My neighborhood recently lost its only bookstore. Making this loss even more tragic is that it was an independent bookstore. It was an intimate space stacked from floor to ceiling with cheaply priced books, and the owner and staff were friendly. It had been around for years, but few outside the neighborhood knew about it. I chalked this up to poor promotion: it had virtually no online presence, didn't advertise in local media, and began hosting in-store events (sporadically) only toward the end of its operation.
WORD, an indie bookstore in Brooklyn, has thrived, thanks to an active online and social media presence, many well-publicized in-store events, and an expertly curated selection of books.
image source: http://www.flickr.com/photos/bitchcakes/3753981022/lightbox
I feel this bookstore could have been saved (or at least prolonged its existence) if its owner had created a sophisticated-looking website and updated it frequently; actively connected with the public through social media such as Facebook and Twitter; routinely emailed customers about upcoming events; placed ads in local indie publications; and hosted in-store events on a regular basis. These events wouldn't have needed big names; they could have just spotlighted area talent. Or they could've been crafting get-togethers or movie nights (with book tie-ins) - anything to draw people to the store.
In the age of Amazon, bookstores - especially independent bookstores - have to try harder to just survive. This means establishing a lively Web presence, featuring expertly curated staff selections, and hosting more events, as Janaka Stucky suggests in his article "How to Survive in the Age of Amazon," published on the Poetry Foundation's website. It also means interacting in a more personable way with customers. At many small bookstores I've been to, the staff have acted in a gruff or condescending manner when approached. Sometimes, they've ignored me altogether. I want to support an independent establishment, but if I'm not treated as a valued customer there, I'll take my money elsewhere. It's as simple as that.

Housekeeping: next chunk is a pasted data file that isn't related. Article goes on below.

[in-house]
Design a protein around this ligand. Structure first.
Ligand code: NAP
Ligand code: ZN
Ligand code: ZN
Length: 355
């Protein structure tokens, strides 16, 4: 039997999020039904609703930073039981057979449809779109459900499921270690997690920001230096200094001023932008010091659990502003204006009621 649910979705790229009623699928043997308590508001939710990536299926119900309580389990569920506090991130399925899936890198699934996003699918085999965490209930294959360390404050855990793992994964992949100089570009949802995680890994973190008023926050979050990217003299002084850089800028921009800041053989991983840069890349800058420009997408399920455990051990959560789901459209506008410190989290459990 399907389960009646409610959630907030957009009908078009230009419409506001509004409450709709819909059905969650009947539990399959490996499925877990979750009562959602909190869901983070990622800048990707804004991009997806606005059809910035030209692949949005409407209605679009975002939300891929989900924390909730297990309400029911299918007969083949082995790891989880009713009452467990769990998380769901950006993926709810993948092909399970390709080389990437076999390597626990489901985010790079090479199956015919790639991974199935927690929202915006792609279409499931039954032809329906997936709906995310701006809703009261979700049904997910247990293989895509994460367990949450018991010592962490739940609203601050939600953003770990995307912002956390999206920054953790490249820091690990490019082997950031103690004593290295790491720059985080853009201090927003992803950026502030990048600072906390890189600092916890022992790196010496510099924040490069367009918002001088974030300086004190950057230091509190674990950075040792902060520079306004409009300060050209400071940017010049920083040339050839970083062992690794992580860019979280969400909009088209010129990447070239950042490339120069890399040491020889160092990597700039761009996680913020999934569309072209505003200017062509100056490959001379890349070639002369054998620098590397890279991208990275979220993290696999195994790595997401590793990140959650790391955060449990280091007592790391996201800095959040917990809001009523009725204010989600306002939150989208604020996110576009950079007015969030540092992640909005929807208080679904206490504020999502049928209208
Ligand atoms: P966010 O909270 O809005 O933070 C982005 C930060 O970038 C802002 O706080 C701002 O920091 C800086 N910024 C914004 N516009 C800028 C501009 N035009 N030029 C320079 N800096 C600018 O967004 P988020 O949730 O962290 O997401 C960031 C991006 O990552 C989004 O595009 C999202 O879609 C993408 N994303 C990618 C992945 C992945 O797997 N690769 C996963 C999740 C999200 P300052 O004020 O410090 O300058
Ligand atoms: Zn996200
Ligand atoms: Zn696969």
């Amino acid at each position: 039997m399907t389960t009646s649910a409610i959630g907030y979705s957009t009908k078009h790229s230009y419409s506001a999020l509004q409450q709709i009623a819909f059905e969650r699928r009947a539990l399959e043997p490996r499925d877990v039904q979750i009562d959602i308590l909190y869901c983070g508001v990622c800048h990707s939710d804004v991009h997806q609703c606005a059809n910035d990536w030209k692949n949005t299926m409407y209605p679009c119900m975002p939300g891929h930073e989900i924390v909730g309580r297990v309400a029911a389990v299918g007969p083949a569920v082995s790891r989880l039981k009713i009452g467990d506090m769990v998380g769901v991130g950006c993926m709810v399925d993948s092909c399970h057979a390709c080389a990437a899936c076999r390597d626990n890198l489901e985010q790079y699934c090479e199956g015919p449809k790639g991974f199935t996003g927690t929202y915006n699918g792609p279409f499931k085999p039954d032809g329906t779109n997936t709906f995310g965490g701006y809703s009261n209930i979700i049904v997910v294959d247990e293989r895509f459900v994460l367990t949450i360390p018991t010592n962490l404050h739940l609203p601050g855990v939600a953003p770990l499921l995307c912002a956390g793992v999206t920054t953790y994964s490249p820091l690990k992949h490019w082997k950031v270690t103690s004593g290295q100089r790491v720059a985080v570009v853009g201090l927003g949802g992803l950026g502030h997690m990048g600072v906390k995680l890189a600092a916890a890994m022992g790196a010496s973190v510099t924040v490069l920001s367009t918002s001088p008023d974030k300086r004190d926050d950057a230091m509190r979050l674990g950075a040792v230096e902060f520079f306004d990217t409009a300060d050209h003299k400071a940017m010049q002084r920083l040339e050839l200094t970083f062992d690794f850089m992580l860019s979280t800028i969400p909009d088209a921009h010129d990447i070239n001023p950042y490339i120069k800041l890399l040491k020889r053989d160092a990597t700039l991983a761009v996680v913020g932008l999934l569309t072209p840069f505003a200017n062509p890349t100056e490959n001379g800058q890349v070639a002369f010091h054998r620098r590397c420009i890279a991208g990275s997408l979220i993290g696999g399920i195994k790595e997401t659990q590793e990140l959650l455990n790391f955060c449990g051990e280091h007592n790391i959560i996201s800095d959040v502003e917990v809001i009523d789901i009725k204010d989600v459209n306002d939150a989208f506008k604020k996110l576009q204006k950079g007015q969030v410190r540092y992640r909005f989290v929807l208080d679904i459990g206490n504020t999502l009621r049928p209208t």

In a Big Think article, which I've reposted below, Austin Allen touches on many of these points. He further states that by catering to the needs of a particular group of people - in this case, poets and fans of poetry - bookstores can better save themselves. I don't think indie bookstores' focus has to be (or should be) this narrow to ensure their survival. (After all, countless bookstores that catered to specific populations, such as women, blacks, and gays, for instance, have gone under in recent decades.) I feel as long as independent bookstores actively make their presence known online, in print, and in the community - and they are at least polite to their customers - they'll have a fighting chance at staying alive in the age of Amazon.
Ps. I understand there are factors beyond bookstores' control, such as rent increases, that can spell doom for these establishments. But this blog and the accompanying article focus on what bookstores can do on their end to help preserve (or even grow) their business.
BigThink.com * January 12, 2012
"Humanity Over Technology": The Stucky Plan to Save Bookstores
By Austin Allen